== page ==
The comic and Emmy Award-winning sitcom star, 45, is filming Mr.
3000, the story of a major leaguer who retires thinking he has
3,000 hits, only to return 10 years later when he learns he's
still three hits short.
SI: Give us a preview of your character in Mr. 3000.
Mac: Stan Ross is a very confident, over-the-top, self-centered,
egotistical, arrogant son of a bitch. The only thing he cares
about is himself. But he can swing the bat, and he's got pizzazz.
SI: Have you based your portrayal on any real-life major leaguer?
Mac: No. I wanted to individualize this. The only thing I might
have taken in terms of hitting was Roberto Clemente, because he
was my idol. I'm a fan of Ichiro now. He and Clemente have the
same style: They play rightfield, they have the dynamite arm and
they come to play all the time.
SI: Has anyone worked with you on your swing?
Mac: We train with coaches and we soft toss and hit BP. They're
right there on the set watching us. [Former major league pitcher]
Bill Landrum is a pitching coach, and he's been burning us out.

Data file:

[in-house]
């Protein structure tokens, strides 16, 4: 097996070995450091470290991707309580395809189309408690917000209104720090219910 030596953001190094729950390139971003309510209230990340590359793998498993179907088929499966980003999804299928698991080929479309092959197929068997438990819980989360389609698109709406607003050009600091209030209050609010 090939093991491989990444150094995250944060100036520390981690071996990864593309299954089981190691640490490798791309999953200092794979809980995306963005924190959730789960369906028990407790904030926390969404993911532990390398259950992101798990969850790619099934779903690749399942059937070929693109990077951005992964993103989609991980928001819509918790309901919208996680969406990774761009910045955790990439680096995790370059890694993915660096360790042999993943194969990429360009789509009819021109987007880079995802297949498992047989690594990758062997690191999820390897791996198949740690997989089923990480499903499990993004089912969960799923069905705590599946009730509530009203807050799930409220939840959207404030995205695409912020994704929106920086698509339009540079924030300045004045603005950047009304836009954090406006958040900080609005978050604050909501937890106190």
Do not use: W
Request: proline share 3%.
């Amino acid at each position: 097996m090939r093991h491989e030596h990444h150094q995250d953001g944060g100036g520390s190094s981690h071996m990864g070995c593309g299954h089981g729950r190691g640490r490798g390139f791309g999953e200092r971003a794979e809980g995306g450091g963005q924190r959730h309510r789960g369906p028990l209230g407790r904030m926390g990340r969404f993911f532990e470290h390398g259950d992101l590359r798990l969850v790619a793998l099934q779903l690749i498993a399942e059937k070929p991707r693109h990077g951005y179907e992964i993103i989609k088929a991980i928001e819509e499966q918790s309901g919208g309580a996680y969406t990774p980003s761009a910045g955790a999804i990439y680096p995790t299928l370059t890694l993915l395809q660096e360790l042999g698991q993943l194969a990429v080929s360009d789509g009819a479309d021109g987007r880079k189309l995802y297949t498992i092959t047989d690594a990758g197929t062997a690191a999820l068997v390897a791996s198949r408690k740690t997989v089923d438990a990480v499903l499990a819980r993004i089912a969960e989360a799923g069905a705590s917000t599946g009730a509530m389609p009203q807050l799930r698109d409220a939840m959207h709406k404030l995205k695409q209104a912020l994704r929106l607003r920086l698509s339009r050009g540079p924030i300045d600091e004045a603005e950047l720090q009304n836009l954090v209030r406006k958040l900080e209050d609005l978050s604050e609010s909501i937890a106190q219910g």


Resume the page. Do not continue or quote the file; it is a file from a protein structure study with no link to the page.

He throws hard sliders.
SI: You grew up in Chicago. What's it like being a fan of Chicago
Mac: We're disappointed. The Bears? One Super Bowl, 1986. How in
the hell you win only one championship with that team? Chicago
sports beat us down. I'll give you an example. How the hell do
the Bulls get rid of Jordan, Pippen, Phil Jackson, Horace Grant,
a championship team that dominated the 1990s? In Chicago, we're
SI: In the 1970s and '80s, you played semipro basketball. How was
Mac: I was the Wizard. Gus Williams. I was an offensive threat,
and quick. I was a helluva shooter.
SI: John Travolta had been in talks to star in Mr. 3000. Who's
the better hitter, you or Travolta?
Mac: Me. Ain't no question about it. Oh, yeah, I can hit the
SI: Are people born funny or can you become funny?
Mac: You have to be born funny.
SI: So who's the funniest guy in America?
Mac: What's his name? Bernie Mac. The Mac Man. I hear he's a
hell of a man. --Richard Deitsch